Although 25 million of Mexican considered themselves as part of indigenous groups, a group of educational researchers noticed that kids could not find toys or games in any of the 68 indigenous languages spoken in Mexico by more than 7 million of people. As stated by the National Institute of Geography and Statistics (INE) the number of indigenous languages speakers has fallen from 16% of the population in 1930 to barely 6% today.
In an article published on July 27th, the Spanish journal El País highlighted a research project developed in Mexico aimed to teach Mexican kids indigenous languages.
The project developed by a research group of the National Institute of Astrophysics, Optics and Electronics (INAOE) alongside the Higher Center of Social Anthropology (CIESAS) is aimed to promote among kids the languages spoken by their parents and grandparents. A couple of dolls, “Paquita” and “Paquito”, have been designed wearing indigenous clothing as a model of social identification for minors, says Aurelio López, research at the INAOE. Paquitos are recommended for children aged between 2 and 4 years old including various types of interactive games. The doll can speak, saying the parts of the body in the specific language when the child presses it.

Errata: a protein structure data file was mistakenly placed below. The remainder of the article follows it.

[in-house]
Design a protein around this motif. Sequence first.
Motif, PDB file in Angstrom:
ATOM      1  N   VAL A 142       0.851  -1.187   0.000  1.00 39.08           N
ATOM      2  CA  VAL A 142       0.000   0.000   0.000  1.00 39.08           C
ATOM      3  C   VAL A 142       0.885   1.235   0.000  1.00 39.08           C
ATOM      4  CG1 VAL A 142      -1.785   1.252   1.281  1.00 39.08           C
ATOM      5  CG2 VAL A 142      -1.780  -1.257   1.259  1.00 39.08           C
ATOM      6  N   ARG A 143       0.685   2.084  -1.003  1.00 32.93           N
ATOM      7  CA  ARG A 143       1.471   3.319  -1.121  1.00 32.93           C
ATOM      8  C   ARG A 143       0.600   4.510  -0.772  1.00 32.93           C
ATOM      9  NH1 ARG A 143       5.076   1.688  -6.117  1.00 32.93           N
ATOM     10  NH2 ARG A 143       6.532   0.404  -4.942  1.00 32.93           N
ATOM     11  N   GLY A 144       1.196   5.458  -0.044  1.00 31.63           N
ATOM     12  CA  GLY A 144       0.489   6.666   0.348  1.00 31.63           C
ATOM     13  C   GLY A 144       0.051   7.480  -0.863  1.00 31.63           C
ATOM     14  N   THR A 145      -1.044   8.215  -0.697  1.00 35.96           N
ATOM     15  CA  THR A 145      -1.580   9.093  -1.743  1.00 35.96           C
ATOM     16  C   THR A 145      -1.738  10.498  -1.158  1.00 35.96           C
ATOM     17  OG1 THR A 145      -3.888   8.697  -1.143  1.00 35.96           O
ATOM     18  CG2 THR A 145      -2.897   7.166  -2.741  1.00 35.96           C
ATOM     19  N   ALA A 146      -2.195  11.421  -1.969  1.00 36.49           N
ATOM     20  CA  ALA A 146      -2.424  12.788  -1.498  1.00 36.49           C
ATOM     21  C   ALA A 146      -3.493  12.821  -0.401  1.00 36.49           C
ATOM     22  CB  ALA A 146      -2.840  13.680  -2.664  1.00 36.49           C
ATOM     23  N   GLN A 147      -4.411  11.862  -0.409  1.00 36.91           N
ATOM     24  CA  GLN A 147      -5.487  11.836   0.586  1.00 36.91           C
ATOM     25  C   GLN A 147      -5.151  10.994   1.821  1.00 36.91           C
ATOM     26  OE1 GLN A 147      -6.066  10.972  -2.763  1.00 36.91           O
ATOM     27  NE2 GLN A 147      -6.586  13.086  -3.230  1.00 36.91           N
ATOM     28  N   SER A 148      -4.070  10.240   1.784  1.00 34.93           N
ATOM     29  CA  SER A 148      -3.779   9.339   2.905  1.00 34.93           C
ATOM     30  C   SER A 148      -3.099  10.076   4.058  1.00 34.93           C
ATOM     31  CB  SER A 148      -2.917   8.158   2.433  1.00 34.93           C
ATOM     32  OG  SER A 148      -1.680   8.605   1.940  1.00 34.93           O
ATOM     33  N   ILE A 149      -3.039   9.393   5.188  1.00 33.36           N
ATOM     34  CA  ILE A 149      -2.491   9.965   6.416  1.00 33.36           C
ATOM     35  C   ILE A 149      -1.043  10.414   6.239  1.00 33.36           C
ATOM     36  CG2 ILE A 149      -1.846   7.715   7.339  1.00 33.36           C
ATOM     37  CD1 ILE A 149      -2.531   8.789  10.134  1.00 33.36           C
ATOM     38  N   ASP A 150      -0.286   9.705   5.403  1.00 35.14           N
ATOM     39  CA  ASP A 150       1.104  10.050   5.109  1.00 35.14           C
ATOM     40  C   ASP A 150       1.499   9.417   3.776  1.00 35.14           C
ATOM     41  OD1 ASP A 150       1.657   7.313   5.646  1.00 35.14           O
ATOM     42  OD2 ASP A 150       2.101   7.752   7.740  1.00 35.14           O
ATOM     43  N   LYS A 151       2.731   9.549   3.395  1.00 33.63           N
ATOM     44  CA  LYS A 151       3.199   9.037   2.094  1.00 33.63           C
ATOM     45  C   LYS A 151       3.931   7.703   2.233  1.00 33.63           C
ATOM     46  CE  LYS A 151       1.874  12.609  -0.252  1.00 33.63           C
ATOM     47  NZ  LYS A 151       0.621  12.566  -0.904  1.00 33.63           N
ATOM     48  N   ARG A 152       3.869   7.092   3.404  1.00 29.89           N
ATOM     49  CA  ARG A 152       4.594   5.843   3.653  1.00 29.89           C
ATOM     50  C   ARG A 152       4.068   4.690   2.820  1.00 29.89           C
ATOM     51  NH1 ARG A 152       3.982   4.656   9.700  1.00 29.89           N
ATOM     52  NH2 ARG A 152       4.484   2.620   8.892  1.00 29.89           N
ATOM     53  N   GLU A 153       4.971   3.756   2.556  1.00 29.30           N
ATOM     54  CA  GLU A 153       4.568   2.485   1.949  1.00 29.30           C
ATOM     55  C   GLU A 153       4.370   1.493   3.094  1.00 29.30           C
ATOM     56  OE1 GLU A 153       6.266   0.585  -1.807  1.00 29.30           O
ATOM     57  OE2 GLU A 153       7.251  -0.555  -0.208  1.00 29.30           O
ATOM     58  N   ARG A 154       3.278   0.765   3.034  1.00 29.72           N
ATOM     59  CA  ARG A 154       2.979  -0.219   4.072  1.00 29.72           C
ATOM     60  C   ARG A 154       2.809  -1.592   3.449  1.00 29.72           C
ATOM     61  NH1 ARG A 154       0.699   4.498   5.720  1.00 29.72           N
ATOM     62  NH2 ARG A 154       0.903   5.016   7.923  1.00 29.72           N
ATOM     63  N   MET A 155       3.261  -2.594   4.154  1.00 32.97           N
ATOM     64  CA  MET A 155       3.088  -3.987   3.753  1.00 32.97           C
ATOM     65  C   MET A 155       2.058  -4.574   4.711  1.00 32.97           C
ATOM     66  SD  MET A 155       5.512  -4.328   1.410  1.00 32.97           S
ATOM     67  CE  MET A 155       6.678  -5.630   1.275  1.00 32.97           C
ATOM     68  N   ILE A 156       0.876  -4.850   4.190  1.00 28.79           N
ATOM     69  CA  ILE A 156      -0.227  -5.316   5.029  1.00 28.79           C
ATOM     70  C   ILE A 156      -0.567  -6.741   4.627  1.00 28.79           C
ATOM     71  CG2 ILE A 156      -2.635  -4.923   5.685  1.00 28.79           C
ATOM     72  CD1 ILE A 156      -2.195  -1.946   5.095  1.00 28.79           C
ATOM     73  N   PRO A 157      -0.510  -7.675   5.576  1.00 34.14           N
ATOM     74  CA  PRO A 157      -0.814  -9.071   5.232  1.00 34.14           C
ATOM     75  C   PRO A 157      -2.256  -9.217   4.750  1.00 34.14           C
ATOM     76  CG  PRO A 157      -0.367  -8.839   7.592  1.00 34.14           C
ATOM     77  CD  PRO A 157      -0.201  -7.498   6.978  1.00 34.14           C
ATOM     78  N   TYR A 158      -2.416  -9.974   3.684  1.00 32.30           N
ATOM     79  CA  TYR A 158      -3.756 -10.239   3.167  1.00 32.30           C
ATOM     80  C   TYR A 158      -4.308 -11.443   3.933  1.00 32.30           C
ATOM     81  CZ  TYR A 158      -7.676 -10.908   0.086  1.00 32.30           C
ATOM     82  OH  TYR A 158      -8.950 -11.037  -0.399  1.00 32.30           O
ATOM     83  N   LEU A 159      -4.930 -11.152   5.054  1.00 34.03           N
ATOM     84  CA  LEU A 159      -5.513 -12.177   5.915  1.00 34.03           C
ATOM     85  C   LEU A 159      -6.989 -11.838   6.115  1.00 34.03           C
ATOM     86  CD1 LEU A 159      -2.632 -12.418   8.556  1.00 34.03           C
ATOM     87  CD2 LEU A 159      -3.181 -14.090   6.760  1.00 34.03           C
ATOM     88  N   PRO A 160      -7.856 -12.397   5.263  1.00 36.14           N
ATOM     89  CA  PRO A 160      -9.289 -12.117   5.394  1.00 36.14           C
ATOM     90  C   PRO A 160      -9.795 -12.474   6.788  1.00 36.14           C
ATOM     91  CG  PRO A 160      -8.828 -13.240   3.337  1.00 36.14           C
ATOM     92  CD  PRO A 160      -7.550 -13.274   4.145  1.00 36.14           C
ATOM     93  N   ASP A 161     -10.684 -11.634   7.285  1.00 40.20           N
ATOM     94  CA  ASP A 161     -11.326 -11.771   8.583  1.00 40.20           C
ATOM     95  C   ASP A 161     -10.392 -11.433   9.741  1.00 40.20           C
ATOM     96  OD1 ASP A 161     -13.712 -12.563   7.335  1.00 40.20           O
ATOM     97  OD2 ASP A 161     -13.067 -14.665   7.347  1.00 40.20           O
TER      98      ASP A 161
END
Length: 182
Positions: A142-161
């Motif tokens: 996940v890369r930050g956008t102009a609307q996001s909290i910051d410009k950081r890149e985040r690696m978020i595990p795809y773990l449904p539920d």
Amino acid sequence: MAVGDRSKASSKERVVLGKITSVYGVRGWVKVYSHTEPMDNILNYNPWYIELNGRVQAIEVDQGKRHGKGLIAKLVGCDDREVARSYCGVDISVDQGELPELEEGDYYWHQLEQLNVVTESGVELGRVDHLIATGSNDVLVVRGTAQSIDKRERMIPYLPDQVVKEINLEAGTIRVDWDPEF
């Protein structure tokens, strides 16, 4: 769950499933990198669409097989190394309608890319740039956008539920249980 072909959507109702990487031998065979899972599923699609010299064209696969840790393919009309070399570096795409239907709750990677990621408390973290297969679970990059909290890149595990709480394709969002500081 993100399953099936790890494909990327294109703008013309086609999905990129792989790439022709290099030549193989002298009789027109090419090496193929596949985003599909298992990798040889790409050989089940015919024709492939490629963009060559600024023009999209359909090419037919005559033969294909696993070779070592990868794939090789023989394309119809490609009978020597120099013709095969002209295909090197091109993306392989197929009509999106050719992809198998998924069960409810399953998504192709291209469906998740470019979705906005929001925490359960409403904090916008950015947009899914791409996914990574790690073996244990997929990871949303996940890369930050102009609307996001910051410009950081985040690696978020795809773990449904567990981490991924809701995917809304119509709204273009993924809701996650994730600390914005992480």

The project, entitled “Development of tangible educational and pedagogical robots for the learning and revaluation of indigenous languages” is being tested by the Secretariat of Public Education (SEP) as part of Mexico’s recent efforts to promote endangered languages.
An educational policy that promotes pluralism, diversity and mutual understanding is part of the Shared Societies Commitments to ensure an education system that offers equal opportunity and educates children to understand and respect others. In addition to this, the bilingualism and the promotion of indigenous languages also “endow children with other abilities in their reasoning”, emphasizes Lopez.
Watch a video in Spanish with additional information about this initiative: